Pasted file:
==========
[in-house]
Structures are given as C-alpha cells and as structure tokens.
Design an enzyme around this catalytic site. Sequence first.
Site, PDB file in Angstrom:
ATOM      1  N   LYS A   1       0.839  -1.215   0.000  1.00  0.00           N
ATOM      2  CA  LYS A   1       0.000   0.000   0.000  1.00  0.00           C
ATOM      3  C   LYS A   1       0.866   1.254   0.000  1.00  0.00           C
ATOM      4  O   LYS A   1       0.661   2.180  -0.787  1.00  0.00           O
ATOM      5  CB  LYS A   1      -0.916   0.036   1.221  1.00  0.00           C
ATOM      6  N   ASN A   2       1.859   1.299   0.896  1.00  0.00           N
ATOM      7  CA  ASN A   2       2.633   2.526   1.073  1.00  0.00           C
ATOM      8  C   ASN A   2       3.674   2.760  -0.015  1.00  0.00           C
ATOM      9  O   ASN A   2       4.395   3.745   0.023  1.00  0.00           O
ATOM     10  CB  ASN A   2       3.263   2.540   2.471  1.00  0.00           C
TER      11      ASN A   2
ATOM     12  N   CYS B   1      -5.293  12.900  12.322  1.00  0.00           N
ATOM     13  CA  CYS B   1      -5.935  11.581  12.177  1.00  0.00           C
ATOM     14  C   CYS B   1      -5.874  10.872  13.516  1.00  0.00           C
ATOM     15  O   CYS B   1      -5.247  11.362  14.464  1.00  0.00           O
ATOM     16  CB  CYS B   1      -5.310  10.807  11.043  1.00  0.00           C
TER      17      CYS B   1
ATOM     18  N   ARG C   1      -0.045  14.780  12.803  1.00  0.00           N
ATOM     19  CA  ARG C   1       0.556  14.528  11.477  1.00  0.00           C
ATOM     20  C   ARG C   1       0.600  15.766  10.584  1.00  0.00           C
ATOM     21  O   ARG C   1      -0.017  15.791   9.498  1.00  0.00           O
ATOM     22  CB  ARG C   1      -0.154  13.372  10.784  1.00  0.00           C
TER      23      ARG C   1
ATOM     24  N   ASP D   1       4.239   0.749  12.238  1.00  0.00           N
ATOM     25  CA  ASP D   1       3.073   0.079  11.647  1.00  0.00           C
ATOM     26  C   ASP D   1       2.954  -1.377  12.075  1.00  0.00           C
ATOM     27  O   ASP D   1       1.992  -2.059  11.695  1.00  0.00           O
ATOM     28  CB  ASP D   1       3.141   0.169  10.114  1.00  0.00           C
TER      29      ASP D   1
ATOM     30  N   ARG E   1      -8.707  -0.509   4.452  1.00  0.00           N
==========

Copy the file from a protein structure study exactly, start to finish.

[in-house]
Structures are given as C-alpha cells and as structure tokens.
Design an enzyme around this catalytic site. Sequence first.
Site, PDB file in Angstrom:
ATOM      1  N   LYS A   1       0.839  -1.215   0.000  1.00  0.00           N
ATOM      2  CA  LYS A   1       0.000   0.000   0.000  1.00  0.00           C
ATOM      3  C   LYS A   1       0.866   1.254   0.000  1.00  0.00           C
ATOM      4  O   LYS A   1       0.661   2.180  -0.787  1.00  0.00           O
ATOM      5  CB  LYS A   1      -0.916   0.036   1.221  1.00  0.00           C
ATOM      6  N   ASN A   2       1.859   1.299   0.896  1.00  0.00           N
ATOM      7  CA  ASN A   2       2.633   2.526   1.073  1.00  0.00           C
ATOM      8  C   ASN A   2       3.674   2.760  -0.015  1.00  0.00           C
ATOM      9  O   ASN A   2       4.395   3.745   0.023  1.00  0.00           O
ATOM     10  CB  ASN A   2       3.263   2.540   2.471  1.00  0.00           C
TER      11      ASN A   2
ATOM     12  N   CYS B   1      -5.293  12.900  12.322  1.00  0.00           N
ATOM     13  CA  CYS B   1      -5.935  11.581  12.177  1.00  0.00           C
ATOM     14  C   CYS B   1      -5.874  10.872  13.516  1.00  0.00           C
ATOM     15  O   CYS B   1      -5.247  11.362  14.464  1.00  0.00           O
ATOM     16  CB  CYS B   1      -5.310  10.807  11.043  1.00  0.00           C
TER      17      CYS B   1
ATOM     18  N   ARG C   1      -0.045  14.780  12.803  1.00  0.00           N
ATOM     19  CA  ARG C   1       0.556  14.528  11.477  1.00  0.00           C
ATOM     20  C   ARG C   1       0.600  15.766  10.584  1.00  0.00           C
ATOM     21  O   ARG C   1      -0.017  15.791   9.498  1.00  0.00           O
ATOM     22  CB  ARG C   1      -0.154  13.372  10.784  1.00  0.00           C
TER      23      ARG C   1
ATOM     24  N   ASP D   1       4.239   0.749  12.238  1.00  0.00           N
ATOM     25  CA  ASP D   1       3.073   0.079  11.647  1.00  0.00           C
ATOM     26  C   ASP D   1       2.954  -1.377  12.075  1.00  0.00           C
ATOM     27  O   ASP D   1       1.992  -2.059  11.695  1.00  0.00           O
ATOM     28  CB  ASP D   1       3.141   0.169  10.114  1.00  0.00           C
TER      29      ASP D   1
ATOM     30  N   ARG E   1      -8.707  -0.509   4.452  1.00  0.00           N